Everyone knows about legendary porn performer Nina Hartley, but do you know what she's currently working on? Read on for a fascinating look at Nina in all her candid glory!
Article by T.W. Published Blog Slixa Late Night
The thoughtful advice and opinions of the author of this article are meant to be informative and entertaining and do not necessarily reflect the opinions of Slixa.
By now, who hasn't heard of legendary porn performer Nina Hartley? She made a strong impression from the start when she entered the industry in the early eighties, and has been on a roll since! Her accomplishments extend to both the porn industry and well outside of it: This blonde Berkeley-ite is an eight-time AVN award winner, published author, accomplished sex educator, and former registered nurse. When I mentioned online that I had the opportunity to interview her, even my own eighteen year old brother called me, completely gobsmacked, and had to know what she was like. Her impact has spanned generations and the impact she has had on sex education is unprecedented. I had the privilege of finding out how she got to where she is, and where she's going next!
Do you feel like growing up in the Bay Area had an impact on your initial decision to get involved in the sex industry?
The time and place had a huge impact on me being able and willing to join the sex business. I was born in 1959, so during my formative years it was the tumultuous sixties and the anything goes sexual seventies. My parents were already alternative: my father was blacklisted in ’57, so I grew up with my mother as the breadwinner and my father as the house husband. They were trying all kinds of different therapies during the sixties trying to figure out how to save their marriage, which was in crisis. And when I was ten years old they discovered Zen Buddhism and started studying seriously. Within two years my mother had taken retirement and they became full-time monks and eventually my mother became ordained. Both my parents were ordained as priests. So I grew up in a time and place where discussion, examination, and exploration were very much part of what was going on and sex, sexuality, sexual expression, and sexual politics were very much part of that.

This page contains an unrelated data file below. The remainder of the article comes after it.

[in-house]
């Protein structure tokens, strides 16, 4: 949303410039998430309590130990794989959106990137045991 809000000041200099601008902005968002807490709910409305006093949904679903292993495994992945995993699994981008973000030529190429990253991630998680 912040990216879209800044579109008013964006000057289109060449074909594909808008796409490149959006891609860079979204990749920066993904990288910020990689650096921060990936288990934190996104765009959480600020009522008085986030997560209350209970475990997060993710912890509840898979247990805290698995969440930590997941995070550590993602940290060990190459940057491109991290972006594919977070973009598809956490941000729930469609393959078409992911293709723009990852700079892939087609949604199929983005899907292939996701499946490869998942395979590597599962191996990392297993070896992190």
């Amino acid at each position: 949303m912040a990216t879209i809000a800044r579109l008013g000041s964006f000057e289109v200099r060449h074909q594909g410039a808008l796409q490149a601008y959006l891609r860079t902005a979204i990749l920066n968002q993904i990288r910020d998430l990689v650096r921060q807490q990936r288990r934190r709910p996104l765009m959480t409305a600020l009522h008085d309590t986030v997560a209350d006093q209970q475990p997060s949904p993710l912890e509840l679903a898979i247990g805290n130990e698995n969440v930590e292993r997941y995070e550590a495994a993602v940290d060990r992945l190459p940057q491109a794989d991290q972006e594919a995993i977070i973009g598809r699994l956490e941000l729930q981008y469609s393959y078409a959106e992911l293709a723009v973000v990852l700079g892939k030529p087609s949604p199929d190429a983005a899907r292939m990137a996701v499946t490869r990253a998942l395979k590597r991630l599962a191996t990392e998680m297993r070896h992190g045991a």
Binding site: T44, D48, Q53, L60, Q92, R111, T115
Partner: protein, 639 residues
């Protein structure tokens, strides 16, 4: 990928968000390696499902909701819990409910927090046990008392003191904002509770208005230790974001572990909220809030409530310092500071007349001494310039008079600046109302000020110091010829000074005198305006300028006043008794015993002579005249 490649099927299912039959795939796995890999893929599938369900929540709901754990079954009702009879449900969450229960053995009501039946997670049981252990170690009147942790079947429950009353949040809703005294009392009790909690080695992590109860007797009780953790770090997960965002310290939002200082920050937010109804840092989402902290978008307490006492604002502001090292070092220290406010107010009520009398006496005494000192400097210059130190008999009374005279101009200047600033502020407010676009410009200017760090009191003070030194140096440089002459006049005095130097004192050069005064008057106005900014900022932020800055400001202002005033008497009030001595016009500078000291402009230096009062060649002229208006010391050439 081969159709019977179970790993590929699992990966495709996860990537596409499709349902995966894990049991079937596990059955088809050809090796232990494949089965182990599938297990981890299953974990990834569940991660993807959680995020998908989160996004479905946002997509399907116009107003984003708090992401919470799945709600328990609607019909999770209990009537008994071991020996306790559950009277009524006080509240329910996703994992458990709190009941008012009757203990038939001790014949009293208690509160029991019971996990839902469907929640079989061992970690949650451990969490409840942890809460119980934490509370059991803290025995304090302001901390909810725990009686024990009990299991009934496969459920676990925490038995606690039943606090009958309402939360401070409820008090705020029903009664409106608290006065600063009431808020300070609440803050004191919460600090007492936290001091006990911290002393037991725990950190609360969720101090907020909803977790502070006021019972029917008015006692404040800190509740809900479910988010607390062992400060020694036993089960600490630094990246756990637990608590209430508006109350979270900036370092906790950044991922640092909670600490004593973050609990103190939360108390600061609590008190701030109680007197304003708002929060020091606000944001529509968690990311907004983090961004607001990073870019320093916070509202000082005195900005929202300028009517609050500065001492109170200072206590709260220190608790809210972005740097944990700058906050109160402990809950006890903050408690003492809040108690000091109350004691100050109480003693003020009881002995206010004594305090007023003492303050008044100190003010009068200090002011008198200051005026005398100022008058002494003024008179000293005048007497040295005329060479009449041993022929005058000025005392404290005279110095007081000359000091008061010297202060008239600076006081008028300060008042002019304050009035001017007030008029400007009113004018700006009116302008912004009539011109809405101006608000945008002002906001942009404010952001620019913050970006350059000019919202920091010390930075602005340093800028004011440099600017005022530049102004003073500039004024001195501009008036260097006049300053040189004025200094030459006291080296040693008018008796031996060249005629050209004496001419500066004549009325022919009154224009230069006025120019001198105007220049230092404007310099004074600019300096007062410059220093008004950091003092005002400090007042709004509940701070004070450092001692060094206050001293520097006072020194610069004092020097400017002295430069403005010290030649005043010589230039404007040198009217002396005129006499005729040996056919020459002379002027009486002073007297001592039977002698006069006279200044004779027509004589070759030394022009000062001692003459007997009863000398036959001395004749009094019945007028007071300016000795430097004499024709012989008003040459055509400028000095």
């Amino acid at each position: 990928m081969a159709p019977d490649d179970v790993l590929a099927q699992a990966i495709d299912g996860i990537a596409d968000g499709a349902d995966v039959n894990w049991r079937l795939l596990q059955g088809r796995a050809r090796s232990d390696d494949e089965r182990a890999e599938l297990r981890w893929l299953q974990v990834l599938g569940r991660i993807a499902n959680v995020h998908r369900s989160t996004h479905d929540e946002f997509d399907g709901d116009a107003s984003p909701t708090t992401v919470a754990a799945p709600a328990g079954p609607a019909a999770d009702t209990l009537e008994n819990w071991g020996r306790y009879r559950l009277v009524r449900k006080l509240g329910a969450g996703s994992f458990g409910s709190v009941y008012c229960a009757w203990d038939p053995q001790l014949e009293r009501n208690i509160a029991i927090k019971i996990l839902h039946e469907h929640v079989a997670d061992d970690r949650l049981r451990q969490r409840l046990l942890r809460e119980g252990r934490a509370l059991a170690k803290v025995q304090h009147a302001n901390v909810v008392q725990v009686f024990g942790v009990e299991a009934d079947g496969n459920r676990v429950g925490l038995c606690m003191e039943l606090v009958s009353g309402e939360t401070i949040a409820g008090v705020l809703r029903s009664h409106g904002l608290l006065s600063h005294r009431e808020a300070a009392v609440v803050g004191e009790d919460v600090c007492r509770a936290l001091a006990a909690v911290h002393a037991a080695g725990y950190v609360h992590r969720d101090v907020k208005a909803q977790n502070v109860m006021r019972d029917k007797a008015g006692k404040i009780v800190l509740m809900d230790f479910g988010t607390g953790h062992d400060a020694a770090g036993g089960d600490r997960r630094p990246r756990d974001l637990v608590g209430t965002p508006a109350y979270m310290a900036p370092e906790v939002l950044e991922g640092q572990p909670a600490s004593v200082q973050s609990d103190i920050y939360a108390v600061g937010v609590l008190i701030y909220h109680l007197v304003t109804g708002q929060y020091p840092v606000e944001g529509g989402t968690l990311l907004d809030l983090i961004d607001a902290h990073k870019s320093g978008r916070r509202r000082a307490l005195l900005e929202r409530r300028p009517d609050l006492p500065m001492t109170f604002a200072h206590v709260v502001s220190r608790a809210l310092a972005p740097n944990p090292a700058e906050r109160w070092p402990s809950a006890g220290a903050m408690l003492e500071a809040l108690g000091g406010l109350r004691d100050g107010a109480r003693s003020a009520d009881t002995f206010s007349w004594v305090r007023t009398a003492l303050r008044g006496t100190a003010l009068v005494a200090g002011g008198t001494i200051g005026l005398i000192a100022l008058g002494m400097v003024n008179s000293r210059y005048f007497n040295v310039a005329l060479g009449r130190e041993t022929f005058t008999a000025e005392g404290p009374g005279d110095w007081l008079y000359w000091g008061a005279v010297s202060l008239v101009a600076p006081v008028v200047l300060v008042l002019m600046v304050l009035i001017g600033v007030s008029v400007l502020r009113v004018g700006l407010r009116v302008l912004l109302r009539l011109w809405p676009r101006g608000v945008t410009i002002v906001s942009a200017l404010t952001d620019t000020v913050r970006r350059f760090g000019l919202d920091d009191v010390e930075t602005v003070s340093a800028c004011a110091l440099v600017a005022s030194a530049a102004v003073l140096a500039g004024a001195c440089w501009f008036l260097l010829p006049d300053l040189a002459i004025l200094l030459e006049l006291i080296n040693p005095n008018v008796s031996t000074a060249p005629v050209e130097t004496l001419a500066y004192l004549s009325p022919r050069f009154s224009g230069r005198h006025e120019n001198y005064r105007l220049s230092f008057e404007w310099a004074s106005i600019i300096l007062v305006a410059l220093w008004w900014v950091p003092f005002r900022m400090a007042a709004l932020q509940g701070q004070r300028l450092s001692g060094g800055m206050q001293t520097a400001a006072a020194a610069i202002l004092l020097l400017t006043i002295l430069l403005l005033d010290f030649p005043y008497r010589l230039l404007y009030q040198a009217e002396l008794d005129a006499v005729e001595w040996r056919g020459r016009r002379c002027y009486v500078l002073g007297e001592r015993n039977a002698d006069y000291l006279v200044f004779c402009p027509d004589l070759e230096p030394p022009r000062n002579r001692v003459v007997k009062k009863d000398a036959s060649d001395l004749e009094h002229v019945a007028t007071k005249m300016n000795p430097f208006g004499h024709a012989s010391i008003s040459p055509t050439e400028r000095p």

It was a whole new way of thinking about sexuality was in the air growing up. As a queer kid, but not having that word, and [as a] polyamorous kid, but not having that word, and as a future sex worker, [but] not having that word...it all made sense to me because the idea that my body was powerful and that I should learn about it. That the idea of the sacred prostitute or the temple goddess; the temple priestess was really compelling to me. And so if I had been the same biological organism in a different part of the country like in the Midwest, I might have had a very different introduction. It was very much the time and place that gave me the idea, gave me the opportunity, and more importantly gave me the mental and emotional freedom to think about what I wanted to do with my life.
[With] young people today, there’s lots more information. There’s a wonderful amount established of forty years of tradition of sex positivism and personal empowerment around your body, which is wonderful. Well, yay! So certainly, the sixties and seventies made me possible; I don’t know what I would have done in a different family situation. What if I would have been Christian? What if 645 I’d been from the deep South? What if I was from anywhere else but San Francisco? The only comparable place at that time was New York City. And I’m so grateful, SO grateful to my parents for coming to Berkeley and finding a good, tolerable religion like Zen Buddhism.
I think it’s so interesting that your parents sound so radical for their time, and it’s interesting to me that even now that a lot of if it is still pretty radical. Obviously there’s a bigger community, for sex work and sex positivity, but it still is on the outside.